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Mark Bracket, Wordsmith, 4 juli 2013
En bit utfyllnad men lättläst, tänkvärd och med några helt fantastiska passager som gjorde den mer än mödan värd.
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Recensioner i media
"George Lois doesn't need advice. But the designer for whom legendary ad man is practically a Homeric epithet has loads to share in Damn Good Advice (for people with talent!), a slim, fast-paced collection." -Print Magazine "George Lois' brain is an interesting place... Get inspired gentlemen." -Urban Daddy Kempt "Put Damn Good Advice on your coffee table and thumb through it daily for some insight on how to make your work and world better." -Selectism.com "It's an entertaining read, even for people outside the creative business." -The New York Times 6th Floor blog "In the meantime, my best (damn) advice to all you creative people out there (and if you're livin' this means you) is to pick up your very own copy of Georges' Damn Good Advice - a bargain at thrice the price - and read it (and re-read it) to tatters. We all need our hereos." -GQ "This ad man is Mad man." -New York Post "An Innovation Bible... A must-have spine stiffener for artists and entrepreneurs alike." -The Huffington Post "George Lois offers indispensable lessons, practical advice, facts, anecdotes, and inspiration for all those looking to succeed in life, business, and creativity." -NPR's Morning Edition "An irreverent, playful, genuinely useful set of rules to live by for aspiring creatives." -Details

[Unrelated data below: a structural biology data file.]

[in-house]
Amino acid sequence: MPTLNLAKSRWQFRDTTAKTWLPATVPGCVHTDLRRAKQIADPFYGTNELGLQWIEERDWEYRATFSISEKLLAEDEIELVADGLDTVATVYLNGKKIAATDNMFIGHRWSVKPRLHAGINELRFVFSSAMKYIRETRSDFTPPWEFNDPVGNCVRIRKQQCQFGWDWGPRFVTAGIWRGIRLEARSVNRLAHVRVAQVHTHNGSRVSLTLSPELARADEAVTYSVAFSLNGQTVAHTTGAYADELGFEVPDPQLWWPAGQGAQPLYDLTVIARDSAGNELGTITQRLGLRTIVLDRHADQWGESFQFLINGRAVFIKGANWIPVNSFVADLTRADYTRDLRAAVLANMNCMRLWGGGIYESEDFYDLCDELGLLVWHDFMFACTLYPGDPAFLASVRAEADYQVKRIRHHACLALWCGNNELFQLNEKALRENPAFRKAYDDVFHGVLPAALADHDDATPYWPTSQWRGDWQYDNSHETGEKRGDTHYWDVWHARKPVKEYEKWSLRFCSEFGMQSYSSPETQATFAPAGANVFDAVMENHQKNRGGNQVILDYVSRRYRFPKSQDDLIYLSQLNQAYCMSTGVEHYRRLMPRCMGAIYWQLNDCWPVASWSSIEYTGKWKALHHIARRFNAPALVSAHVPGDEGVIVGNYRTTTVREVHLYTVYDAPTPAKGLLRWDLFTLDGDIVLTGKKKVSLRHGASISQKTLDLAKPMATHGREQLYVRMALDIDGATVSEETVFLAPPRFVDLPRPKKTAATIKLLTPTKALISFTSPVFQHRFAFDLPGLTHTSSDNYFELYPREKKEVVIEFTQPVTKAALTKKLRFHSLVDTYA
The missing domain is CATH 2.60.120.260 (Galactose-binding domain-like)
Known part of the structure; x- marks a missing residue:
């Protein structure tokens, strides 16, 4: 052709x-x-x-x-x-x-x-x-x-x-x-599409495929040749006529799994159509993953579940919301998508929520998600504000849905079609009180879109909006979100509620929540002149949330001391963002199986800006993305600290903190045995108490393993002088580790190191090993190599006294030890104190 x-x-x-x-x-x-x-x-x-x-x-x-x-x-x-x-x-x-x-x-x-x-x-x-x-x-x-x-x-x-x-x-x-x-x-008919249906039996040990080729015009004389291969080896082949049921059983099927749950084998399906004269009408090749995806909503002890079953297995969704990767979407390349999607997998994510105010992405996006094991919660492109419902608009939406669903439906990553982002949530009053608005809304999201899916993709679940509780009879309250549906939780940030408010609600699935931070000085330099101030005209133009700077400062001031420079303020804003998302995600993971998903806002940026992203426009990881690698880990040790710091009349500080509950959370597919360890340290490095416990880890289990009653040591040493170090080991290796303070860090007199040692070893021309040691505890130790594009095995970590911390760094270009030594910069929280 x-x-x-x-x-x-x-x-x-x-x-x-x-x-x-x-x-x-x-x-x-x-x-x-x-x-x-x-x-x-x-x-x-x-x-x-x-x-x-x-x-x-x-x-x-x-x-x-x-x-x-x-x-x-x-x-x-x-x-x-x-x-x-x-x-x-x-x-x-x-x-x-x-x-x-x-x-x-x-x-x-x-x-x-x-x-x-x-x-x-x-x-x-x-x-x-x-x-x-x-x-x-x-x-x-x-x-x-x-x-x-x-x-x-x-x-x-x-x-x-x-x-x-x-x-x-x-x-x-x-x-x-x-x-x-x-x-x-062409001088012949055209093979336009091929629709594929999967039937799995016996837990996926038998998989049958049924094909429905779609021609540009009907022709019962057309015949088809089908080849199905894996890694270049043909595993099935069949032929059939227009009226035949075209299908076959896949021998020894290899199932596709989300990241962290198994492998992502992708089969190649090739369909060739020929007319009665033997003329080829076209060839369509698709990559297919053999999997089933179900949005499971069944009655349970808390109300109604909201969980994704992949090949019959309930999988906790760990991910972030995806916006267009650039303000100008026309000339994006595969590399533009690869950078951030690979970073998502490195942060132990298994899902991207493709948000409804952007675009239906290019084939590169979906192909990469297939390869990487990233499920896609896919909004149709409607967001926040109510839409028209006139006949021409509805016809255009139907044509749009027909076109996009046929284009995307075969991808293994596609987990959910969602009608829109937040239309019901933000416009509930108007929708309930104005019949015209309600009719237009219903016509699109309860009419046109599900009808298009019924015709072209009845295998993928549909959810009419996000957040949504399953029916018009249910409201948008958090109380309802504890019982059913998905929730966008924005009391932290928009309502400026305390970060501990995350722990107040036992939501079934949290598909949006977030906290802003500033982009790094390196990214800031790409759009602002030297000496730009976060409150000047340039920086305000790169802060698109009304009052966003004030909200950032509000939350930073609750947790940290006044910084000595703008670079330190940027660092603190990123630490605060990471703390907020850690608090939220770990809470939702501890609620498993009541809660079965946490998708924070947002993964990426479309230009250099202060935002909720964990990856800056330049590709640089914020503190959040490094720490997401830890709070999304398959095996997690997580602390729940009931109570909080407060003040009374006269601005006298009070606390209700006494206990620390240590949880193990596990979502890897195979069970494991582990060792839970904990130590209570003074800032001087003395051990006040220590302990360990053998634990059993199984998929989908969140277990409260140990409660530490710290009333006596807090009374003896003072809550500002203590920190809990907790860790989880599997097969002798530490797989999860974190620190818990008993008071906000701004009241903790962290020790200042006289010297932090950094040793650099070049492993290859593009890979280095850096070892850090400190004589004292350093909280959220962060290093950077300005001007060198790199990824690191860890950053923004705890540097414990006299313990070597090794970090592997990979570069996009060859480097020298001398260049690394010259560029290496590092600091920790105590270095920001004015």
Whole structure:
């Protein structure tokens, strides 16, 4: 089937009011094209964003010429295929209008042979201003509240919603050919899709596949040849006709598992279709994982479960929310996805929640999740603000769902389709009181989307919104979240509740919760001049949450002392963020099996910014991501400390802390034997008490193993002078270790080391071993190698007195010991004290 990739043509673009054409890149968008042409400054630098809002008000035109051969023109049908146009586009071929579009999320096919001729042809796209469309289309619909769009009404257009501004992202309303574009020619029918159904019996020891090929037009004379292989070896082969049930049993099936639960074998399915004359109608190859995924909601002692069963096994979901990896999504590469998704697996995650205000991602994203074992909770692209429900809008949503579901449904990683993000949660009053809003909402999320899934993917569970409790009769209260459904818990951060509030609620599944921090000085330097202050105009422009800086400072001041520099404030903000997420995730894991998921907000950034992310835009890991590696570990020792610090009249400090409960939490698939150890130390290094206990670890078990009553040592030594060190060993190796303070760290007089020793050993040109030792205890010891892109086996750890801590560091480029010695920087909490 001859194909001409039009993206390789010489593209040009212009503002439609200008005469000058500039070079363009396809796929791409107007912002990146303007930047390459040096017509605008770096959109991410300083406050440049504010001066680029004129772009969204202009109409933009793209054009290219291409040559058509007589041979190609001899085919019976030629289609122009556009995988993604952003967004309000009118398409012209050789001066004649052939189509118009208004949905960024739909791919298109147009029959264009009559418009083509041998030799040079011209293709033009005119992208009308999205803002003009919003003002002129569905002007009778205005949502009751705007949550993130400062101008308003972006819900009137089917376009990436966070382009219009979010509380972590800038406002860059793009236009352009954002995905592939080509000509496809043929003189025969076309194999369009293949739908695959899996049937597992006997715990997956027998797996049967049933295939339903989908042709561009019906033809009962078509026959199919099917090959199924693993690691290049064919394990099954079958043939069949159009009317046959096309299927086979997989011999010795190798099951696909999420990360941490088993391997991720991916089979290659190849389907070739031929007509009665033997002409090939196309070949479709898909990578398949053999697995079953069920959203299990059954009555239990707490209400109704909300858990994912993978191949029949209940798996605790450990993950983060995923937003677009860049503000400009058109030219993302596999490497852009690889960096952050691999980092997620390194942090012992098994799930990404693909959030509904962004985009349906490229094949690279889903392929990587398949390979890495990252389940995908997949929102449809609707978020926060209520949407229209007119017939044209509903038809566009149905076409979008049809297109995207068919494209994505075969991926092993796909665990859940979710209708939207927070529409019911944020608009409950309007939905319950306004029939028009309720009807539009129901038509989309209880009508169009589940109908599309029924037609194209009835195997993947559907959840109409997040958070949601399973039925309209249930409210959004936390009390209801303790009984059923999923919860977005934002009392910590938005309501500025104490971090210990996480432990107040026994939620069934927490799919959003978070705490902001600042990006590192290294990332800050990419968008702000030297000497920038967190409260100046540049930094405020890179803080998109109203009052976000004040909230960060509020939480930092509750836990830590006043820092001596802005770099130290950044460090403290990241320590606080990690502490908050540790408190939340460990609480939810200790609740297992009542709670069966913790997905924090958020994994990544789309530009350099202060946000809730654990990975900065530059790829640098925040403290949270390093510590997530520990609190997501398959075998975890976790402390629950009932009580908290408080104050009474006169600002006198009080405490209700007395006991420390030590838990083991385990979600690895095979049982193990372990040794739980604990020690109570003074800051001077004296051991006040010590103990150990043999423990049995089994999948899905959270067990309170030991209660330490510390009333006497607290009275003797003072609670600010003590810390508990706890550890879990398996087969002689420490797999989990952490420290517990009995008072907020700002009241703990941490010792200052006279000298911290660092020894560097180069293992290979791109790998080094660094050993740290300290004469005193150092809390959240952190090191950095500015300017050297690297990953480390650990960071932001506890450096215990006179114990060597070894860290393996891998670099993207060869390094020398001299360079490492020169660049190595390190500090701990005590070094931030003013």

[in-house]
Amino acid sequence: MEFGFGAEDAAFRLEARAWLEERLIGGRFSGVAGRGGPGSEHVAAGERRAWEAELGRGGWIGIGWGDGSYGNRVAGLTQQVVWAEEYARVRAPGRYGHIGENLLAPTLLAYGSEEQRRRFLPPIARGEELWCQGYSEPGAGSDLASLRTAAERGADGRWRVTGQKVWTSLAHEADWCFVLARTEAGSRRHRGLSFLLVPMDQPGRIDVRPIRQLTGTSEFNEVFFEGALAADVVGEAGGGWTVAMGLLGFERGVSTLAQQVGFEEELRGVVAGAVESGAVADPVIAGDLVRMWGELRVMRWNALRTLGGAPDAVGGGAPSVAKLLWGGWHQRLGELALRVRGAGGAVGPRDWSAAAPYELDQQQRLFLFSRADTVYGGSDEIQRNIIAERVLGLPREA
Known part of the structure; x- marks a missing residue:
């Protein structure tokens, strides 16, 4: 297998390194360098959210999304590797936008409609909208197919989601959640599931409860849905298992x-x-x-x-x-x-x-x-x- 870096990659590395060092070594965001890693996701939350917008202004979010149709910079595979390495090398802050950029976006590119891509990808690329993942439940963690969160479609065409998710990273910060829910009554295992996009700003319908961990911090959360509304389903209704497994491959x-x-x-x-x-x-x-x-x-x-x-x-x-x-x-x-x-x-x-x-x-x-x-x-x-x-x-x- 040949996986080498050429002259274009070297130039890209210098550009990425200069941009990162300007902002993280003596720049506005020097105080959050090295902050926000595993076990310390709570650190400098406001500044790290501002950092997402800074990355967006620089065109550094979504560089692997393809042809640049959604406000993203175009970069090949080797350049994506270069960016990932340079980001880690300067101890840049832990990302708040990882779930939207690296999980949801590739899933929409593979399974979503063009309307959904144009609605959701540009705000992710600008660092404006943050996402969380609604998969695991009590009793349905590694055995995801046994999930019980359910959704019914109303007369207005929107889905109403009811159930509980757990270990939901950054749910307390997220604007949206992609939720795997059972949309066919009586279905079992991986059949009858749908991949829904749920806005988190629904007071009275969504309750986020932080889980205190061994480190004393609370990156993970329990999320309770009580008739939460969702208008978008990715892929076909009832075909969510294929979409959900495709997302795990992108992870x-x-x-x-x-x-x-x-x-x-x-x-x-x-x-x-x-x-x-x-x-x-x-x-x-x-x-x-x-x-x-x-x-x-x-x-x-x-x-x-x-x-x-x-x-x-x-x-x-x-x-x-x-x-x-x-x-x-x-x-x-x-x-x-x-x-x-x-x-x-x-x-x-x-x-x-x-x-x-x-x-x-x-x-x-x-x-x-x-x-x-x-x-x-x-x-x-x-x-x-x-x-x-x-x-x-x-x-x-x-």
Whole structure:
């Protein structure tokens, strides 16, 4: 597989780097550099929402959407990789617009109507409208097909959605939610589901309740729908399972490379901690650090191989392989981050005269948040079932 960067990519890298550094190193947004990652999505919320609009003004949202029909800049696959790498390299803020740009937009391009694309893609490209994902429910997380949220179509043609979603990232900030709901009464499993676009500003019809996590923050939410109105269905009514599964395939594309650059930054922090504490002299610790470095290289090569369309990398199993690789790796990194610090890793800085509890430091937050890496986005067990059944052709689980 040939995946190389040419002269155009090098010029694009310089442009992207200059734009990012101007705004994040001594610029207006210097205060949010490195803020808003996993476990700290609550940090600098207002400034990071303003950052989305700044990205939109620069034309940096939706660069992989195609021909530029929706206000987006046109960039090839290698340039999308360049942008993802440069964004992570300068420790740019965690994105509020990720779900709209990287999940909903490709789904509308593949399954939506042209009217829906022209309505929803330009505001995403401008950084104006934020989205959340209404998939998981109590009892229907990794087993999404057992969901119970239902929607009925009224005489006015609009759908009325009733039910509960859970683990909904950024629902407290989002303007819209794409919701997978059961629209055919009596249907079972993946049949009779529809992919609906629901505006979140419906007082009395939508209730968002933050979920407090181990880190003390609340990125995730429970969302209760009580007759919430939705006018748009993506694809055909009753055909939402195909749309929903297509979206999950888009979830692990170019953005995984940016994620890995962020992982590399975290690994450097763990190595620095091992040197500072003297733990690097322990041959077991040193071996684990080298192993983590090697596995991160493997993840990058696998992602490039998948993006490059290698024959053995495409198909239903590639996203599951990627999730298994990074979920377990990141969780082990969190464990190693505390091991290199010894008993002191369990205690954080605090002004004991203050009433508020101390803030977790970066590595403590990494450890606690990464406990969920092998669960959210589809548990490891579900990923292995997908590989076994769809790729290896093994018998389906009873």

George Lois is the original Mad Man, the legendary Mr Big Idea and an acclaimed cultural provocateur who has profoundly changed the marketing and cultural world with his unique and inspirational cultural reasoning. Born in New York City in 1931, Lois studied at Pratt Institute in Brooklyn before setting off for Madison Avenue in the early 1950s, eventually joining Doyle Dane Bernbach in 1958. He went on to form four seminal New York advertising agencies and was a pioneer of the landmark Creative Revolution in American Advertising in the 1960s. Famous for his iconic Esquire covers from the 1960s and 70s, Lois has written nine books, including Phaidon's $ellebrity in 2003, and won a plethora of awards. He lives in New York with his wife Rosie and continues to work as a marketing and creative entrepreneur.